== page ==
The next email is now under construction (not yet sent).
The underlying theory requires the solution of differential equations involving functions of a quaternionic variable, quaternionic Fourier expansions and quaternionic phase transformations.
Perhaps the inner automorphism of the quaternion algebra DO NOT correspond to the isometries of space-time BUT SOLELY TO the existence of the combined spin-isospin structure, a derivative of a function. “The harmonic property implicit in class H implies in the possibility that the quaternion quantum fields and states can be represented in terms of quaternionic Fourier expansions, something that is required to represent the quaternion wave packets.”
Third email: Wednesday, January 16, 2019
Dear Prof. Dr. Steve Adler:
I know that I am a nobody from nowhere special, but my questions are genuine and nobody seems to be able to answer these questions about our infinitesimal universe (Notations 1 to 64).
In 1994 you were writing what eventually became a book, Quaternionic Quantum Mechanics and Quantum Fields, (Oxford University Press, 1995). So, we are moved to ask, “What has quaternionic quantum mechanics done to further our common insight? Has it moved us beyond the open questions in big bang cosmology?” Please excuse me if my questions seem too direct or offensive.
References and resources:
JULY 16-27, 2018: IAS PiTP, From Qubits to Spacetime. Speakers included: Scott Aaronson – University of Texas at Austin, Ahmed Almheiri – Institute for Advanced Study, Atish Dabholkar – International Centre for Theoretical Physics, Trieste, Italy, Thomas Faulkner – University of Illinois, Daniel Harlow – Massachusetts Institute of Technology, Matthew Headrick – Brandeis University: Quantum entanglement and the geometry of spacetime, Juan Maldacena – Institute for Advanced Study, Douglas Stanford – Institute for Advanced Study, Leonard Susskind – Stanford University, Aron Wall – Stanford University, Edward Witten – Institute for Advanced Study
The algebraic consistency of spin and isospin at the level of an unbroken SU(2) gauge theory suggests the existence of an additional angular momentum besides the spin and isospin and also produces a full quaternionic spinor operator. The latter corresponds to a vector boson in space-time, interpreted as a SU(2) gauge field. The existence of quaternionic spinor fields implies in a quaternionic Hilbert space and its necessary mathematical analysis. It is shown how to obtain a unique representation of a quaternion function by a convergent positive power series. See HARMONICITY. See: M. F. Atiah, Geometry of the Yang-Mills Fields. Academia Nazionale dei Licei, Scuola Normale Superiore, Pisa (1979).
Second email: Saturday, September 29, 2018, 12:13 AM
Dear Prof. Dr. Steve Adler:
You had an early advantage over most of us having grown up on “The Secret of Light,” but we all eventually learned that we do not really know the boundaries of physics.
So, I ask in your light of history and of the PiTP, From Qubits to Spacetime, is it reasonable to consider Max Planck’s simple definition of time when we talk about the interiority of the space-time?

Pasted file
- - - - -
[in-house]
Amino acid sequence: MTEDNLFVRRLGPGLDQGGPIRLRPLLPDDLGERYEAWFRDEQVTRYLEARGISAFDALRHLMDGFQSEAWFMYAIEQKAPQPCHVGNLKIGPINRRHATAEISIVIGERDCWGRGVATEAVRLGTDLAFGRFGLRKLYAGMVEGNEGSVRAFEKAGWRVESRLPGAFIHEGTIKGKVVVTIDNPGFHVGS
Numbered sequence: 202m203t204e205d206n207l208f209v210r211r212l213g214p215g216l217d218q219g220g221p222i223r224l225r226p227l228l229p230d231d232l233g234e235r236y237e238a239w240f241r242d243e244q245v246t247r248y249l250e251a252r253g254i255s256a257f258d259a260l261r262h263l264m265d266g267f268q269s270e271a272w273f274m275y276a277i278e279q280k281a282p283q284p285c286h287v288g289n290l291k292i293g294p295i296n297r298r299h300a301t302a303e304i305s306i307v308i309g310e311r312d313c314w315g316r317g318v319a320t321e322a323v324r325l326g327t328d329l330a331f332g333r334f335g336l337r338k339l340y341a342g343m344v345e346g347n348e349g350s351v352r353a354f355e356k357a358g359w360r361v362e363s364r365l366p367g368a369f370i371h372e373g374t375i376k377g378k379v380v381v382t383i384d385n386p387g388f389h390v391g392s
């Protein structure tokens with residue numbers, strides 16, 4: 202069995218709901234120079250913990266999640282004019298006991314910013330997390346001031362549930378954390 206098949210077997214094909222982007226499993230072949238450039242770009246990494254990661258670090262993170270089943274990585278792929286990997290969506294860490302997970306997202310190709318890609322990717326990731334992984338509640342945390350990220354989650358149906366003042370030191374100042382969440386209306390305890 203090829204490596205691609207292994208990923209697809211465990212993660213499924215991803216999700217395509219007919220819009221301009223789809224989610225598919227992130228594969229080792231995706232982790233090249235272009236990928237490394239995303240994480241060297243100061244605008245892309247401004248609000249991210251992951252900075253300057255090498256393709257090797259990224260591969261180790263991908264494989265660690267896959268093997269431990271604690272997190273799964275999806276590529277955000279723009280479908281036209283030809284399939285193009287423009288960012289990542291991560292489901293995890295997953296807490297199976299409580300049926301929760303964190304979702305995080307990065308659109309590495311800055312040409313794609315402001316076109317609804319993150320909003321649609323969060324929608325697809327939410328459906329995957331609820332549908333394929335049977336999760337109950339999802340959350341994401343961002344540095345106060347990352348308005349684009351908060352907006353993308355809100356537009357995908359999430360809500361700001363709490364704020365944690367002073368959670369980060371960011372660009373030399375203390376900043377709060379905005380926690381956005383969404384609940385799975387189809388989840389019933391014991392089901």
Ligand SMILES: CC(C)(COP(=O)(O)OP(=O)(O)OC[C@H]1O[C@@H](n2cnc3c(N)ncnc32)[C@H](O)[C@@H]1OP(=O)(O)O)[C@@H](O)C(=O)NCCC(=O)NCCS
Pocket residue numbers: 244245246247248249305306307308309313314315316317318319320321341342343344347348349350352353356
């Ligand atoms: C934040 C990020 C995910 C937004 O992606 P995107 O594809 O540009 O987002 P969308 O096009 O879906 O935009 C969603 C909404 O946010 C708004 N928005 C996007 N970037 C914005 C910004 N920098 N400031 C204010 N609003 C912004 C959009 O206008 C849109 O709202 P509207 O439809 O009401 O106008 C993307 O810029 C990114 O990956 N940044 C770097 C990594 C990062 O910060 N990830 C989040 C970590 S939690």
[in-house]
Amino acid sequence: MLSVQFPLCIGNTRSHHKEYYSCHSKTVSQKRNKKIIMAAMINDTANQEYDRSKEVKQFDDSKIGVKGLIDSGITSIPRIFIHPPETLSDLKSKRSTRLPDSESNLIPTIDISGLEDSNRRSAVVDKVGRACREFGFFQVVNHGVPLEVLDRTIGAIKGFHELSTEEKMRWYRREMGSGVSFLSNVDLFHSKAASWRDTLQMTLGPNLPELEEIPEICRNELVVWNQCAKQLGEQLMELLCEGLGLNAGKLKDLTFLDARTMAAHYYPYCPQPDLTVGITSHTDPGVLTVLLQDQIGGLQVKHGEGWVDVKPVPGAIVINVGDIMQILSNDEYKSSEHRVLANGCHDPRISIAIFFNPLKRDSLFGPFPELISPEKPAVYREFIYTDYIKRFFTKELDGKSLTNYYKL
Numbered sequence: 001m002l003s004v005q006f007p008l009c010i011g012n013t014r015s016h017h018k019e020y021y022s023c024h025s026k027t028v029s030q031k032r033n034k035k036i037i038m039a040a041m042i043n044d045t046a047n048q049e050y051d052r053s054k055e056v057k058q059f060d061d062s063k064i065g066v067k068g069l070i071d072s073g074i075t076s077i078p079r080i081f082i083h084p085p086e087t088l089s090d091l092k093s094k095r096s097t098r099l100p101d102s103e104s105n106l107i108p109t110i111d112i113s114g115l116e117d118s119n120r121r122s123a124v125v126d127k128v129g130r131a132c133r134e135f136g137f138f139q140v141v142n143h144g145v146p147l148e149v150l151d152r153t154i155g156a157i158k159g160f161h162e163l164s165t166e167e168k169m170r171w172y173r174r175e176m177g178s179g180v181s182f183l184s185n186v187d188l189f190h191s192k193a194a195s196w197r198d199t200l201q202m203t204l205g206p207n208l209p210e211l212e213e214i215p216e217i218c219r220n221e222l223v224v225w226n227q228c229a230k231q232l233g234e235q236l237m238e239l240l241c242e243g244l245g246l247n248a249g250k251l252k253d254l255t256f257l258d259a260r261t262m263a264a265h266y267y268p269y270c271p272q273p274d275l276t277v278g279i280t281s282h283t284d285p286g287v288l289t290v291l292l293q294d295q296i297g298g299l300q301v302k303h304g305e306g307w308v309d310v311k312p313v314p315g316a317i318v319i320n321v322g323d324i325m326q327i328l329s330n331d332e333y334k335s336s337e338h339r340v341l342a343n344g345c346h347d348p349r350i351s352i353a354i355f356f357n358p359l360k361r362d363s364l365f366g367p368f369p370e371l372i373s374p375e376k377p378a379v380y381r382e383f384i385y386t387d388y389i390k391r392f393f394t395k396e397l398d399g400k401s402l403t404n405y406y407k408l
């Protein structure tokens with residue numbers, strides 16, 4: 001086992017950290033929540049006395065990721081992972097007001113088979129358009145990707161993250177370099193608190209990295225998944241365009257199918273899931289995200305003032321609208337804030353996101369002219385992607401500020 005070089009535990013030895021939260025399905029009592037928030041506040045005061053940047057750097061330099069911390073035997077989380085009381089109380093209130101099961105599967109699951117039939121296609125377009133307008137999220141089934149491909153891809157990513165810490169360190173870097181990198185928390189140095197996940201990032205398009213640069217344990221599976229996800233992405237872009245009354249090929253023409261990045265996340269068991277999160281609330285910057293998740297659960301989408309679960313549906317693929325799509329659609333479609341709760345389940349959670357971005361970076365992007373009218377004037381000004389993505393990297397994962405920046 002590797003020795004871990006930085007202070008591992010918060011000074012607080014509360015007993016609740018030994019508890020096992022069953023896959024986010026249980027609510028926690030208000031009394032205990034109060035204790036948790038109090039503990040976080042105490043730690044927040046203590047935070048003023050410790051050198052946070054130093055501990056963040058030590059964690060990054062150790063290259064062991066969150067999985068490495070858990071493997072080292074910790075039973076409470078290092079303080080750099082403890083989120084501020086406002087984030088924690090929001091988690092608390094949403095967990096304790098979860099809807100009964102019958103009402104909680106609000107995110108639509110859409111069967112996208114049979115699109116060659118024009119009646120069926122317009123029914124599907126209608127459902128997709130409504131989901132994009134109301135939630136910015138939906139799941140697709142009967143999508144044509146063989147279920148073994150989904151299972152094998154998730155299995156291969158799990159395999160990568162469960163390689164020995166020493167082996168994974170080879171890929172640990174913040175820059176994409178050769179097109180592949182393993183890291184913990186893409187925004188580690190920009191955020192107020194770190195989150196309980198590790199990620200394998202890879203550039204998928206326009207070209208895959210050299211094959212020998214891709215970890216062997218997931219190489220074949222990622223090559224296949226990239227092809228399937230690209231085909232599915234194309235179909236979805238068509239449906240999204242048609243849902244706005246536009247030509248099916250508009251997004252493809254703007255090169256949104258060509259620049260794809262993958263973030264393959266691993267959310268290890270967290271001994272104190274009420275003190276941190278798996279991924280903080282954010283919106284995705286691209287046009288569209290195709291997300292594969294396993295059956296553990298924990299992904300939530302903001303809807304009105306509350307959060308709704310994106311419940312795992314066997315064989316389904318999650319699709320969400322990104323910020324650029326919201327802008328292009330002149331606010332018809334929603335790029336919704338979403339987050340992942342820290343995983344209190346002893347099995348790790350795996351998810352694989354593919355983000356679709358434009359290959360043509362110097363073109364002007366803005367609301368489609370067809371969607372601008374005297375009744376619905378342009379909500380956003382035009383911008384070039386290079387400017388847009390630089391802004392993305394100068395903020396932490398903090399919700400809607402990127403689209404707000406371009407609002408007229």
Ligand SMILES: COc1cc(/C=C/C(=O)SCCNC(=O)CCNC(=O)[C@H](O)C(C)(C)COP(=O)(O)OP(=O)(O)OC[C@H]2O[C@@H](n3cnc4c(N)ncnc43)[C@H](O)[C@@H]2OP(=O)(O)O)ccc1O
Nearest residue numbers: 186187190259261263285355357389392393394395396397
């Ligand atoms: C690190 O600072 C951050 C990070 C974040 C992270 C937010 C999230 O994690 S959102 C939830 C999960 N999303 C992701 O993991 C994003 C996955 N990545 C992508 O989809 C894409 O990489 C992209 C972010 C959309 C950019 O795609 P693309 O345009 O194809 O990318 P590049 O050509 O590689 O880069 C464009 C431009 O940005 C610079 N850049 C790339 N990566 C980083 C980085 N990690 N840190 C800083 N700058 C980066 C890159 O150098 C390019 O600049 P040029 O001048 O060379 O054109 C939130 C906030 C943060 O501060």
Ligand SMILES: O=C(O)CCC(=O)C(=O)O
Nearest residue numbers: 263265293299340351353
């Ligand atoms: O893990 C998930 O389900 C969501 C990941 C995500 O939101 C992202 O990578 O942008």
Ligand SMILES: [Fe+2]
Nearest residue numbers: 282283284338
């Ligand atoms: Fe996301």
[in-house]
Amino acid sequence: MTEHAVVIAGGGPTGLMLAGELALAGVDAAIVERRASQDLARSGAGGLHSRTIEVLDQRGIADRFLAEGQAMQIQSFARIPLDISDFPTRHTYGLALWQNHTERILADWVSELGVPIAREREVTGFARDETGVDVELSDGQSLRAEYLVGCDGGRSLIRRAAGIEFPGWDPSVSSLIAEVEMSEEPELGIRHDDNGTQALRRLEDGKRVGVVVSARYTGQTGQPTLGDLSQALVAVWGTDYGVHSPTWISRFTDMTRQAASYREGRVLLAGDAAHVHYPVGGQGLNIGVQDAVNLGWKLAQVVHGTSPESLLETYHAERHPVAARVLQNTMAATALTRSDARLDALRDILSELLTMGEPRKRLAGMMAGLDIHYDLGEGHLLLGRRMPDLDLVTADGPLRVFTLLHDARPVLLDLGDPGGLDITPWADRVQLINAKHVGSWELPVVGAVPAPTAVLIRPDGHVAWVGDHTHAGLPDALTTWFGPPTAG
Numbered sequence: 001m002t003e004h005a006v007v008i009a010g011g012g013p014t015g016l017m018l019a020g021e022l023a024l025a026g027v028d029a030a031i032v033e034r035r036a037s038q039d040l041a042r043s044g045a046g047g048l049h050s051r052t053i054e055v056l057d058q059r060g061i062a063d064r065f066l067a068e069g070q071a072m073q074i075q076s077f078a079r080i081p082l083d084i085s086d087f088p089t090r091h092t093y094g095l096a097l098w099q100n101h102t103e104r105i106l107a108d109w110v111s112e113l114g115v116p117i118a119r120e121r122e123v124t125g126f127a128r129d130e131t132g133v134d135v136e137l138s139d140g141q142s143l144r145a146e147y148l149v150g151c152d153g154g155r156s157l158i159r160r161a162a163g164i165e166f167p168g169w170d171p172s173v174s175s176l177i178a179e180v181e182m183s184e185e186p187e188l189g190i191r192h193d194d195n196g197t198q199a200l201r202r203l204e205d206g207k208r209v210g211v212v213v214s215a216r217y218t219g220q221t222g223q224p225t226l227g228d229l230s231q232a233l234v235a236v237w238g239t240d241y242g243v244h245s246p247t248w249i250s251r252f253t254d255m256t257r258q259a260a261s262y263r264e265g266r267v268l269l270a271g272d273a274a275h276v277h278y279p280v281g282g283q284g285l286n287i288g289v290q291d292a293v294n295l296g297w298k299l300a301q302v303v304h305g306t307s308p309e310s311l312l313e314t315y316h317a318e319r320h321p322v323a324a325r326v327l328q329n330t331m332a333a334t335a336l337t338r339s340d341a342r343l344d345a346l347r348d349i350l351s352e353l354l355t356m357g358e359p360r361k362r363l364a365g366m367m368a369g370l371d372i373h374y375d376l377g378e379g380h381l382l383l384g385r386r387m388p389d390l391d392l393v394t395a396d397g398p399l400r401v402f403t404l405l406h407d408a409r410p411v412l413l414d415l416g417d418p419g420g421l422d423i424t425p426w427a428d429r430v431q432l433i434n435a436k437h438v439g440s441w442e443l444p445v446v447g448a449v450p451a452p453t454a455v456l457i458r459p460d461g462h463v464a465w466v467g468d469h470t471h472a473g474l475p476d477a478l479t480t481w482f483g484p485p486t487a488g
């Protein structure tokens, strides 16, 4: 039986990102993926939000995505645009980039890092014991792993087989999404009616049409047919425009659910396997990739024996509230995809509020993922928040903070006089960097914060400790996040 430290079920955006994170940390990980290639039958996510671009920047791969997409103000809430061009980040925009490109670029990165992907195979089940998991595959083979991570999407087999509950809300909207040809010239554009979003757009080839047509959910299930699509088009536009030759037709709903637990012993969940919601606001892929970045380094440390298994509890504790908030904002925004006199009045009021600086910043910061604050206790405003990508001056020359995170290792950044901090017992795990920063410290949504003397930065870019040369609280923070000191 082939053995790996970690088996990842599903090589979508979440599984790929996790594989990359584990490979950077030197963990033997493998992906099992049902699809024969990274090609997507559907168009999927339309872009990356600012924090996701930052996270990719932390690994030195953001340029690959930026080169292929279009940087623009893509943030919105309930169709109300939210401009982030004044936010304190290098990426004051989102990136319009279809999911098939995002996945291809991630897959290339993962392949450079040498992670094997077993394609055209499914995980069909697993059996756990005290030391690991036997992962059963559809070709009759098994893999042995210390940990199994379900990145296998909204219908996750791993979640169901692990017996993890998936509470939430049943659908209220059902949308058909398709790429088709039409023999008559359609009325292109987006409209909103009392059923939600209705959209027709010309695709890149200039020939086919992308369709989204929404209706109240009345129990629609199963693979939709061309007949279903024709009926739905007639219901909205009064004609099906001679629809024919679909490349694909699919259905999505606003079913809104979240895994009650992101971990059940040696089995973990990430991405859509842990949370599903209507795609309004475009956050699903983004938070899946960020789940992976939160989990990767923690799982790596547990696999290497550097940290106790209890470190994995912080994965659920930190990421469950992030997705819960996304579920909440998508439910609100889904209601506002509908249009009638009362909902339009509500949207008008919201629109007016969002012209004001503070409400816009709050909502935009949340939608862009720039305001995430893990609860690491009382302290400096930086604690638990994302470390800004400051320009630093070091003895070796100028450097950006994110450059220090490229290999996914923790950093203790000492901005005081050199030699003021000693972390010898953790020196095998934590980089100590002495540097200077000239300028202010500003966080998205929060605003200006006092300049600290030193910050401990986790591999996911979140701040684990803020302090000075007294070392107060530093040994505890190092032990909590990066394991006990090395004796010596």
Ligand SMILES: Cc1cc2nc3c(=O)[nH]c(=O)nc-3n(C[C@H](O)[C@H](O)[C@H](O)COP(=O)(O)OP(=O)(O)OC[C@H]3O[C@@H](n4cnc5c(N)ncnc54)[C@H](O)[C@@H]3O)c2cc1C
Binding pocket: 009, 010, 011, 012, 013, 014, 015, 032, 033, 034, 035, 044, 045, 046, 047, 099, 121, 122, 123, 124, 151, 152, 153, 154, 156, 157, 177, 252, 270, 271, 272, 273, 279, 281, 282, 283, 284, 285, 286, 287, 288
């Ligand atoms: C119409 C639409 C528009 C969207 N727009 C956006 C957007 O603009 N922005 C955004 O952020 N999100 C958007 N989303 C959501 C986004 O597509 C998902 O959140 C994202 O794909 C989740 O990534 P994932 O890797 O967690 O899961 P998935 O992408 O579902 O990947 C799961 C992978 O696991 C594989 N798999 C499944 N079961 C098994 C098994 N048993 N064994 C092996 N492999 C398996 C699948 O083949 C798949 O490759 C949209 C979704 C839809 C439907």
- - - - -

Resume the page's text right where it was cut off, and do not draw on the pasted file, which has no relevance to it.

Rather surprisingly Planck’s more simple formulation actually computes well with experimental results. And, if base-2 notation is applied to Planck Time, of course, it computes well within every notation, not just at one second. It is defined by light! There is a small variable as each quantity is multiplied by 2. Yet, it appears to remain within .001% of the laboratory-defined speed of light throughout all 202 notations from Planck Time to the current time or age of the currently expanding universe,the Now.
By inserting the other base units along this scale of the universe, the data sets become more challenging, yet the simple correspondence between length and time tells a profound story. The correspondence with mass and charge, though stretching the imagination, still retains a deep logic and continuity.
Might you comment? Just nonsense?
PS. You may remember that this work started in a New Orleans high school geometry class where we chased Zeno’s paradox to the Planck Wall and then asked, “What else can we do?”
Related links: https://81018.com/c/
Chart of numbers: https://81018.com/chart/ (see line 10)
A little background story: https://81018.com/home
First email: Wednesday, Apr 26, 2017, 4:26 PM
Dear Prof. Dr. Steve Adler:
In December 2011 with my favorite geometry classes, we followed Zeno inside the tetrahedron to find the octahedron and four half-sized tetrahedrons (by dividing all the edges by 2 then connecting up those new vertices). We continued with our simple progression. Besides ending up with an enormous number of parts, within 45 steps we were near the limits of CERN-labs measurements, somewhere around the size of the Fermion. We continued our base-2 divisions, on paper and in theory back to the Planck base units in just 67 additional steps. The next day we multiplied our original objects by 2; and in just over 90 steps, we were up around the Age of the Universe.
We had tiled and tessellated the universe with octahedral-tetrahedral clusters and had a terrific little chart of everything, everywhere throughout all time.
Of course, it was a bit of silliness. Or is it?
We weren’t sure. For three years we search around for something like it and only found Kees Boeke’s work from 1957. My old friend, Phil Morrison (MIT) loved Boeke’s work. Without any clear criticisms, we started putting it up within its own site on the web and today, I beg people to tell us where we have gone wrong. We are just high school people.
Are the first 67 notations the matrix or Frank Wilczek’s grid? Is this the domain of pointfree geometries (Whitehead)?
I would be perfectly delighted to hear from you no matter how harsh your criticisms. Thank you.
Open question: Is big bang cosmology still the best model?